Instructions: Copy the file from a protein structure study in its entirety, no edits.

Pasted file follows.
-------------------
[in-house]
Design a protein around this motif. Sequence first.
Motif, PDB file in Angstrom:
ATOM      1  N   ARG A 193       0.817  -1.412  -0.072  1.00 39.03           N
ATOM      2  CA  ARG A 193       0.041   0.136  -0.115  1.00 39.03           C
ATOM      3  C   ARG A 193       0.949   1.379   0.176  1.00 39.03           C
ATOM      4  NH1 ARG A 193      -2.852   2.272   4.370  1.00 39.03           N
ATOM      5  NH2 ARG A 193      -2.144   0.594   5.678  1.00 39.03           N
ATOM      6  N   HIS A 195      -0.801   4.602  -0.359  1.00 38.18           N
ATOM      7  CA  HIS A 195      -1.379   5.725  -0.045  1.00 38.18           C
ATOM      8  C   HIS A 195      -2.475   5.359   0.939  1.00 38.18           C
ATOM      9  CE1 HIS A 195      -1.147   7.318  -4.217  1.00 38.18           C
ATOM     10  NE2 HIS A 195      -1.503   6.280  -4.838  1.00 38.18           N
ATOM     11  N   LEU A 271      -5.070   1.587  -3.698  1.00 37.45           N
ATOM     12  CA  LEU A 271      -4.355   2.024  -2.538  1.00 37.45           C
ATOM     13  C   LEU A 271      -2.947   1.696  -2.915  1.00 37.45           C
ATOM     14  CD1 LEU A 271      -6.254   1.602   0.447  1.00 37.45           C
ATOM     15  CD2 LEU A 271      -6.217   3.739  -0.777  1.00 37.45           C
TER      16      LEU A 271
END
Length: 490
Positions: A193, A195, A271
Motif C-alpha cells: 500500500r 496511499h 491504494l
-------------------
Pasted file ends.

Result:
[in-house]
Design a protein around this motif. Sequence first.
Motif, PDB file in Angstrom:
ATOM      1  N   ARG A 193       0.817  -1.412  -0.072  1.00 39.03           N
ATOM      2  CA  ARG A 193       0.041   0.136  -0.115  1.00 39.03           C
ATOM      3  C   ARG A 193       0.949   1.379   0.176  1.00 39.03           C
ATOM      4  NH1 ARG A 193      -2.852   2.272   4.370  1.00 39.03           N
ATOM      5  NH2 ARG A 193      -2.144   0.594   5.678  1.00 39.03           N
ATOM      6  N   HIS A 195      -0.801   4.602  -0.359  1.00 38.18           N
ATOM      7  CA  HIS A 195      -1.379   5.725  -0.045  1.00 38.18           C
ATOM      8  C   HIS A 195      -2.475   5.359   0.939  1.00 38.18           C
ATOM      9  CE1 HIS A 195      -1.147   7.318  -4.217  1.00 38.18           C
ATOM     10  NE2 HIS A 195      -1.503   6.280  -4.838  1.00 38.18           N
ATOM     11  N   LEU A 271      -5.070   1.587  -3.698  1.00 37.45           N
ATOM     12  CA  LEU A 271      -4.355   2.024  -2.538  1.00 37.45           C
ATOM     13  C   LEU A 271      -2.947   1.696  -2.915  1.00 37.45           C
ATOM     14  CD1 LEU A 271      -6.254   1.602   0.447  1.00 37.45           C
ATOM     15  CD2 LEU A 271      -6.217   3.739  -0.777  1.00 37.45           C
TER      16      LEU A 271
END
Length: 490
Positions: A193, A195, A271
Motif C-alpha cells: 500500500r 496511499h 491504494l